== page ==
That’s what your enterprising criminal mastermind is up to these days, reports security expert Brian Krebs. Krebs (who you may remember as the guy who broke the news of 2013’s Target data breach) says that scammers are gaining access not to individuals’ materials, but instead are going big: directly to the HR departments of the companies that employ dozens or hundreds of people.
The hackers gain entry to HR software at “compromised organizations” and dig around until they find themselves a database full of W-2 forms. Once scammers have access to that giant pile of forms, they immediately try to file federal returns on all of them. Then all they need to do is misdirect the money from a refund back to their own scammy pockets:
Successfully-filed returns are routed to prepaid American Express cards that are requested to be sent to addresses in the United States corresponding to specific “drops,” or co-conspirators in the scheme who have agreed to receive the prepaid cards and “cash out” the balance — minus their fee for processing the bogus returns.
Krebs found that one particular piece of third-party payroll software, Ultipro, seems to be the favored target. The problem doesn’t seem to be with the software itself, though. At least, not according to the company that makes it. A marketing executive for that company, Florida-based Ultimate Software, told Krebs that the security hole isn’t an issue of a code vulnerability that they can fix, but is instead “the result of stolen login information on the end-user level.”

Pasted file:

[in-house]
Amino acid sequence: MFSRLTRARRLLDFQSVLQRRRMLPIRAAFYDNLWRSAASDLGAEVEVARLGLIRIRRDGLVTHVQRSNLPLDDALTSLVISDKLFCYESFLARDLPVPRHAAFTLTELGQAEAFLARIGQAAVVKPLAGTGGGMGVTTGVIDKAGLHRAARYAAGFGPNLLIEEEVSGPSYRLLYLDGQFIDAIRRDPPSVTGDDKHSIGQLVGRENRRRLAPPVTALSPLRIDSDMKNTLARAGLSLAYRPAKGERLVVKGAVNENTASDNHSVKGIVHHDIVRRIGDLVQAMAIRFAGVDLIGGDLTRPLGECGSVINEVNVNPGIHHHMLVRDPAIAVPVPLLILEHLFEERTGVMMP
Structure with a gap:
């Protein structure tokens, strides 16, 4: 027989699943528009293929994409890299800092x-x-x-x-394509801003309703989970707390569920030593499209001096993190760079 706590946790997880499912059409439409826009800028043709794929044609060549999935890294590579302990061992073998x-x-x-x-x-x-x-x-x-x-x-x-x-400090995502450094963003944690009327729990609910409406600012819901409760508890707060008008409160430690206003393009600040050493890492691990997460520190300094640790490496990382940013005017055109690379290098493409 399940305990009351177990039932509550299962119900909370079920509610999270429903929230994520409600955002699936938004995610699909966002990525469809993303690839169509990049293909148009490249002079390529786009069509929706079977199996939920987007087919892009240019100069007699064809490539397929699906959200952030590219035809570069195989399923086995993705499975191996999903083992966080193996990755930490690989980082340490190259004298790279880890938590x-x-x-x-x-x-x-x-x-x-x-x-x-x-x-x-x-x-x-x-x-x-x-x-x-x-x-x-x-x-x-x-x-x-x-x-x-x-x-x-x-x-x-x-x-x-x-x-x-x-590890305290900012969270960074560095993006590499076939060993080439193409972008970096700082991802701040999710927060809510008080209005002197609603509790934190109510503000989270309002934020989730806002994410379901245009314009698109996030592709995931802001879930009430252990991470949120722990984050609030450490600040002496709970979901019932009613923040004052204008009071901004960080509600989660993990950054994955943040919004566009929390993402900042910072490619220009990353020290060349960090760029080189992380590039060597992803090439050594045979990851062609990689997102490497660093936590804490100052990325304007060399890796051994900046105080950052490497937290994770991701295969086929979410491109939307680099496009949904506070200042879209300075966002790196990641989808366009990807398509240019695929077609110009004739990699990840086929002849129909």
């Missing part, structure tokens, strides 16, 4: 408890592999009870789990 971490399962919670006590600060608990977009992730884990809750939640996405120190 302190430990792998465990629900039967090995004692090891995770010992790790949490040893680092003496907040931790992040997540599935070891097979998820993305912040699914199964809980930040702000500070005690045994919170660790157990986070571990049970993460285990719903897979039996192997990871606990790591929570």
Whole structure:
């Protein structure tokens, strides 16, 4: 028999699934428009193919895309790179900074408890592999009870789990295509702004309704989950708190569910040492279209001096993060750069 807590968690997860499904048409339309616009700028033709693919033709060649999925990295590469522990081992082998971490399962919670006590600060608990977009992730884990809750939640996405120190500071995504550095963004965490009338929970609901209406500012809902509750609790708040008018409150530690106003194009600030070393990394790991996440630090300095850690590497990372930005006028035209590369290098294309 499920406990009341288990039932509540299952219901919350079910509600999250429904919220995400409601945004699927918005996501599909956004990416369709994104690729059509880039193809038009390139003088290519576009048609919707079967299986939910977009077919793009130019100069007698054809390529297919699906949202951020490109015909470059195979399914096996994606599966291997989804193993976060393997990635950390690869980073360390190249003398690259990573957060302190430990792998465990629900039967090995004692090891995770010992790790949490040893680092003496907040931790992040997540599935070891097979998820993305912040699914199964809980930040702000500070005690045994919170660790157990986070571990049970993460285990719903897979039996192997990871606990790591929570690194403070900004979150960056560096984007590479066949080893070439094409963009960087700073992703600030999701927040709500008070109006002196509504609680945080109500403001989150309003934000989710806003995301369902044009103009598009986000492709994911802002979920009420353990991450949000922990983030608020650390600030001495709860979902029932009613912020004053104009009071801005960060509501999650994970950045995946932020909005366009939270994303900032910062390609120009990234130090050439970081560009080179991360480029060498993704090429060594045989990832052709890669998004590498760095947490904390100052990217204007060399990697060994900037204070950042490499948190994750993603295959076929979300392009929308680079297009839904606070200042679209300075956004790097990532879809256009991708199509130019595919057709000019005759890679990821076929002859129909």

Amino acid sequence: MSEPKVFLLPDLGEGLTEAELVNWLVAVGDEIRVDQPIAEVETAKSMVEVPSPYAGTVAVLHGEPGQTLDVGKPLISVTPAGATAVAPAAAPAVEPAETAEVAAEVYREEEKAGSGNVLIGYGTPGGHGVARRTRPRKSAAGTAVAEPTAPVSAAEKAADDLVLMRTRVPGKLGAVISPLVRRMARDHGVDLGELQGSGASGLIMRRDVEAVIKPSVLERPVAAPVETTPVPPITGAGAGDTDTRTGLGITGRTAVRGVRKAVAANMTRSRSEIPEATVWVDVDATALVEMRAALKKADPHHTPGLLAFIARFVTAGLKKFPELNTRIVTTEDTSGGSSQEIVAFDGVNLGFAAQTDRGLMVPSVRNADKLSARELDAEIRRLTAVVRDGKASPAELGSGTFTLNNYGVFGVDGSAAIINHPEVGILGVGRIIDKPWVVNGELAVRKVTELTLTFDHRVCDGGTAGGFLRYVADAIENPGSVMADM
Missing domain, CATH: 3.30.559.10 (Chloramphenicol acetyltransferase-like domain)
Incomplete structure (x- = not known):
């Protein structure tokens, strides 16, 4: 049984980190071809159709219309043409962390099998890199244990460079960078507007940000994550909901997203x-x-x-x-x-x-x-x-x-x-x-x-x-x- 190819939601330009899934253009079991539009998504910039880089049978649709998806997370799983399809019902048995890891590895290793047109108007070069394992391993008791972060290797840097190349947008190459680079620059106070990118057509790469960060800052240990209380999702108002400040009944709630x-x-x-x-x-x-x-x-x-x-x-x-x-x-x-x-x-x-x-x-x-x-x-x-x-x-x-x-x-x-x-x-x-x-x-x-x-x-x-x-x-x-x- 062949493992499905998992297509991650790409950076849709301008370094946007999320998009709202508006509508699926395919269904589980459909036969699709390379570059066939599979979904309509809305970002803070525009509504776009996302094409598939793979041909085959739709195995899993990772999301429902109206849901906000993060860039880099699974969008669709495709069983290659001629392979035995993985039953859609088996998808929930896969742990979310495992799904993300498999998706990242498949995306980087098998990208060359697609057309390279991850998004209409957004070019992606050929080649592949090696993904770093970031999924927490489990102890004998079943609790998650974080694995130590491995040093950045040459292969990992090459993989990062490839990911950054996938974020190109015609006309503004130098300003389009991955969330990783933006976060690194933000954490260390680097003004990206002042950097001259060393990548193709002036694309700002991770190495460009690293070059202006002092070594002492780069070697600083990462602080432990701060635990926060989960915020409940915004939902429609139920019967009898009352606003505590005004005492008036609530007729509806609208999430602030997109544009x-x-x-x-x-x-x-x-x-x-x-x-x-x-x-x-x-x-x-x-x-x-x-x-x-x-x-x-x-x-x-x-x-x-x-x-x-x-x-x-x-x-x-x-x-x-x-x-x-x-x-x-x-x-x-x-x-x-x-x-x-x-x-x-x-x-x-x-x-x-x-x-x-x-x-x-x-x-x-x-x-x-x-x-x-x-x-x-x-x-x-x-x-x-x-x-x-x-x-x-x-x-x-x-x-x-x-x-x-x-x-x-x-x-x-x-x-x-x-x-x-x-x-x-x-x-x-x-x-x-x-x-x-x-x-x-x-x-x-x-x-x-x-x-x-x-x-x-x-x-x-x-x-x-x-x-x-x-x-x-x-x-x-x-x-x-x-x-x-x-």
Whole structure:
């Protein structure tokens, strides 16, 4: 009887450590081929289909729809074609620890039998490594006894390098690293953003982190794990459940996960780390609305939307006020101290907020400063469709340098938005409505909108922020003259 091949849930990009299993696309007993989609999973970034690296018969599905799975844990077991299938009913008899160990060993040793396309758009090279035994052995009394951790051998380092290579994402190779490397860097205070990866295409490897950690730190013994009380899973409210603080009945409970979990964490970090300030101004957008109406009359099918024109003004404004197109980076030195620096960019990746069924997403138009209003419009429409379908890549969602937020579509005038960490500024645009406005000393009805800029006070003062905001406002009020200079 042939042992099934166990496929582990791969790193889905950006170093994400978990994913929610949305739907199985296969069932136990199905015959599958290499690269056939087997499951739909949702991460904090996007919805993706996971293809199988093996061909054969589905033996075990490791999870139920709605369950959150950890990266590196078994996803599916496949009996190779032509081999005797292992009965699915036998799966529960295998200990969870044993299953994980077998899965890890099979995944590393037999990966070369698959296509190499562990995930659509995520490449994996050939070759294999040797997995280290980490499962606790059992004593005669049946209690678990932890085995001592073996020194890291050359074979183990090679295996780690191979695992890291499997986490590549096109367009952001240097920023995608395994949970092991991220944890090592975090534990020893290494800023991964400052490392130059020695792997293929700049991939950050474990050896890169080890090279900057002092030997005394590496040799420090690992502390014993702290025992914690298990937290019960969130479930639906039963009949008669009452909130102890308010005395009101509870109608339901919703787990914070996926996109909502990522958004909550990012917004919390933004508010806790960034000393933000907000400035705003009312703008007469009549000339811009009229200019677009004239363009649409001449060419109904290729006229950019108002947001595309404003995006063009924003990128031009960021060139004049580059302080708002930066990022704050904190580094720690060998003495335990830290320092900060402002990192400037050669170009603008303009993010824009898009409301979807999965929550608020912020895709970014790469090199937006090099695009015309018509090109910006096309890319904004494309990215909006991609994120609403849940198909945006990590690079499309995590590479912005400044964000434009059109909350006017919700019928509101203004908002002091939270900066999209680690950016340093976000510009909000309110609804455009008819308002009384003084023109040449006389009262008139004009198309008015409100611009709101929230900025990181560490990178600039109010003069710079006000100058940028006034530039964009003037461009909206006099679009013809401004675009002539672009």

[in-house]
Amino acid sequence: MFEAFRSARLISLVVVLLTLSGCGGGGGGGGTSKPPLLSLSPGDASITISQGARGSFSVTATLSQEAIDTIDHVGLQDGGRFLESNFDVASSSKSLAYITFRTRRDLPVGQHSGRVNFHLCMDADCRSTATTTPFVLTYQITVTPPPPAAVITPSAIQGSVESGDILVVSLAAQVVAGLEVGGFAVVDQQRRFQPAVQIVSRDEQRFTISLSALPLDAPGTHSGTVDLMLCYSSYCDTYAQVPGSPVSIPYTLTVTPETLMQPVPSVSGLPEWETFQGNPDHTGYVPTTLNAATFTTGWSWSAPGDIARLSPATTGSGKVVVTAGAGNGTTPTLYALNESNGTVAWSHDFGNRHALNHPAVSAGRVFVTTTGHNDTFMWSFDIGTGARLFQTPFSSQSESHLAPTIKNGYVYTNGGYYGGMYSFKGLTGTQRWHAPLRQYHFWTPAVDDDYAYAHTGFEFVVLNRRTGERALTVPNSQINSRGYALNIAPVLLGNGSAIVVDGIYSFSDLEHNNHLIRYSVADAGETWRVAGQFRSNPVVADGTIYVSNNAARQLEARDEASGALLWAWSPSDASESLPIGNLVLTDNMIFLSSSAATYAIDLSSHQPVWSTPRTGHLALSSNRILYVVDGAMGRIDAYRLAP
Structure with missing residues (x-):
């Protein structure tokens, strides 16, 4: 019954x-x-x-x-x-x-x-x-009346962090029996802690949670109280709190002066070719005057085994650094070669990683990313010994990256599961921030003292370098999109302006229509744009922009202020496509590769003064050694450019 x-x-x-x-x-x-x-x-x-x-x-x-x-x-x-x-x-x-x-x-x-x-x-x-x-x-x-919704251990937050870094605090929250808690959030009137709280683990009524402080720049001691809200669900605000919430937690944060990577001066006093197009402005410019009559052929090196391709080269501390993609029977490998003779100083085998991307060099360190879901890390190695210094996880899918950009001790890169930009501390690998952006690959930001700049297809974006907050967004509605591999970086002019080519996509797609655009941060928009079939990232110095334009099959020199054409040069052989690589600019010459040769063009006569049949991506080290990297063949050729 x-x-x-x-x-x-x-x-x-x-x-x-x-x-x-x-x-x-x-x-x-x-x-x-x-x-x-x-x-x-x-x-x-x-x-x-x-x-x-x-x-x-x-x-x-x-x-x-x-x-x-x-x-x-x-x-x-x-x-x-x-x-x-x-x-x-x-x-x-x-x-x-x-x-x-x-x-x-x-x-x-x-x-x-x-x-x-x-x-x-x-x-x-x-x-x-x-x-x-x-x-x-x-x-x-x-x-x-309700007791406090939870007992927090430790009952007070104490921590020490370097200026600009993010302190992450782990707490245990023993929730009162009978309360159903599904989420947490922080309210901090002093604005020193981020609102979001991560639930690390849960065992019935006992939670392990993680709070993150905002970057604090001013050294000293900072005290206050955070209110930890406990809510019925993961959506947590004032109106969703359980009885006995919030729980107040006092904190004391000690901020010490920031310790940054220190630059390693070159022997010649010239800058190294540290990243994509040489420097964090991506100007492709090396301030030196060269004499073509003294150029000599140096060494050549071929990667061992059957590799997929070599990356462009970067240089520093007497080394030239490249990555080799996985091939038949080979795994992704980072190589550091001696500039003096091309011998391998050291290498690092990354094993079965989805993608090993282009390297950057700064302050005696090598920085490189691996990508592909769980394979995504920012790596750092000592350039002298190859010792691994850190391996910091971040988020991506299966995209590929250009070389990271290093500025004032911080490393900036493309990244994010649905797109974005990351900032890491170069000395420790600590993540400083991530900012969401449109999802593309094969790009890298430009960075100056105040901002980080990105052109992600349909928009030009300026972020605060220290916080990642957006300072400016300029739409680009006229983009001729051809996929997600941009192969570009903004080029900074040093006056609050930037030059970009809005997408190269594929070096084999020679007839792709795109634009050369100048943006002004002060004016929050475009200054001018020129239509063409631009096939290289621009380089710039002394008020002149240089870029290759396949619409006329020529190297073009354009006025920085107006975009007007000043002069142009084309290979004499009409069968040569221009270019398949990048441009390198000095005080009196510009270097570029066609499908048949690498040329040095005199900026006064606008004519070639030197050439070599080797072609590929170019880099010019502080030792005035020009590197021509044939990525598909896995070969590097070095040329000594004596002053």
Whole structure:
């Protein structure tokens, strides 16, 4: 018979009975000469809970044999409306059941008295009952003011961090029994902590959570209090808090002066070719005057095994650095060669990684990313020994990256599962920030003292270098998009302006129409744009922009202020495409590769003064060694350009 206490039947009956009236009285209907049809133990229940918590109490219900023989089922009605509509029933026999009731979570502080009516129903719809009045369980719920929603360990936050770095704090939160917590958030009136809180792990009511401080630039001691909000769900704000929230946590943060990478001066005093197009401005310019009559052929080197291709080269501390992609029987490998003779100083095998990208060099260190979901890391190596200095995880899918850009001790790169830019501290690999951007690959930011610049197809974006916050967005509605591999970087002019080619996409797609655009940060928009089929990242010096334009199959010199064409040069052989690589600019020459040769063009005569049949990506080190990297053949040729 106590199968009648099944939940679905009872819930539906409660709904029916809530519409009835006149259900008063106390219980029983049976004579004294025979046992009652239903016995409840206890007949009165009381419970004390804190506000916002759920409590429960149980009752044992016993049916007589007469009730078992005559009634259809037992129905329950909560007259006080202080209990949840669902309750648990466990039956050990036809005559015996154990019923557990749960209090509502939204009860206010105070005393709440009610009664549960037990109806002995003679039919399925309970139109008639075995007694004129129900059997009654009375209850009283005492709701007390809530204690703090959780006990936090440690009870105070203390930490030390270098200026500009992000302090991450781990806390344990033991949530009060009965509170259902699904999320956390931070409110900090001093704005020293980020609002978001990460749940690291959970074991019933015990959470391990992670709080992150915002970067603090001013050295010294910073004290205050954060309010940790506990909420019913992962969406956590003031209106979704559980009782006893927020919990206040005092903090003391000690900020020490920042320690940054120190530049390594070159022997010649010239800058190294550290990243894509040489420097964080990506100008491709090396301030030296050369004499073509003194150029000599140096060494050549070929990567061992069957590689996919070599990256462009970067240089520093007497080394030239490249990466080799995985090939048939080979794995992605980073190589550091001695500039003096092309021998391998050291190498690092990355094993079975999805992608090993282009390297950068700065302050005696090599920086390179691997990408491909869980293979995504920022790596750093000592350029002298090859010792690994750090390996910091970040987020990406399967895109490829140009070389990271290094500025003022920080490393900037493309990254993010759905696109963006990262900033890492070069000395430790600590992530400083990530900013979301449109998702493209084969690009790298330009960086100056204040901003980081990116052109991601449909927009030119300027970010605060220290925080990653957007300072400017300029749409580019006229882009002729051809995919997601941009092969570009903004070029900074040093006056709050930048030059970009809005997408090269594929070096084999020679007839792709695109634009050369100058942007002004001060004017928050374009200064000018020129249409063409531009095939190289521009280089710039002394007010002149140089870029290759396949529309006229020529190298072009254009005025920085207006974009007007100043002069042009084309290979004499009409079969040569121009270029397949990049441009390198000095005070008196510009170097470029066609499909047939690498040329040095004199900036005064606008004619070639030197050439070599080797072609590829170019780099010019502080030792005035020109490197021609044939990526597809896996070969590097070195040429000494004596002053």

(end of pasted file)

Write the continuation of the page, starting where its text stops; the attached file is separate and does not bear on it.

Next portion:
Meaning: someone manages to steal an HR employee’s username and password, logs into the system masquerading as that employee, and then steals all the information they need for a profitable wave of identity theft.
From there, it takes the bad guys very little time to try to file all those fake returns, because they’ve engineered software to do it for them. The crimeware, as Krebs calls it, can take all the data and methodically fling it at an e-filing service — in this case, H&R Block’s. And the nefarious evildoers behind it have found a way to profit from it twice over: not only are they committing tax fraud, but they’re also licensing the software to others so that they can do the same.
Tax return fraud is nothing new; the concept has been around forever. The sheer scope and near-automation of the process afforded by the digital era are newer, though. The IRS issued an estimated $4 billion in fraudulent refunds in 2012 alone. So far, Krebs reports, this particular scam seems tied to over $1 million in fraud.
Today is the deadline for filing your 2013 federal taxes. Hopefully the procrastinators among us sliding their returns in just under the wire won’t encounter any problems. But if you do find out at 11:59 tonight that someone else pretending to be you got there first, take these steps to start getting the situation sorted out.
Crimeware Helps File Fraudulent Tax Returns [KrebsOnSecurity]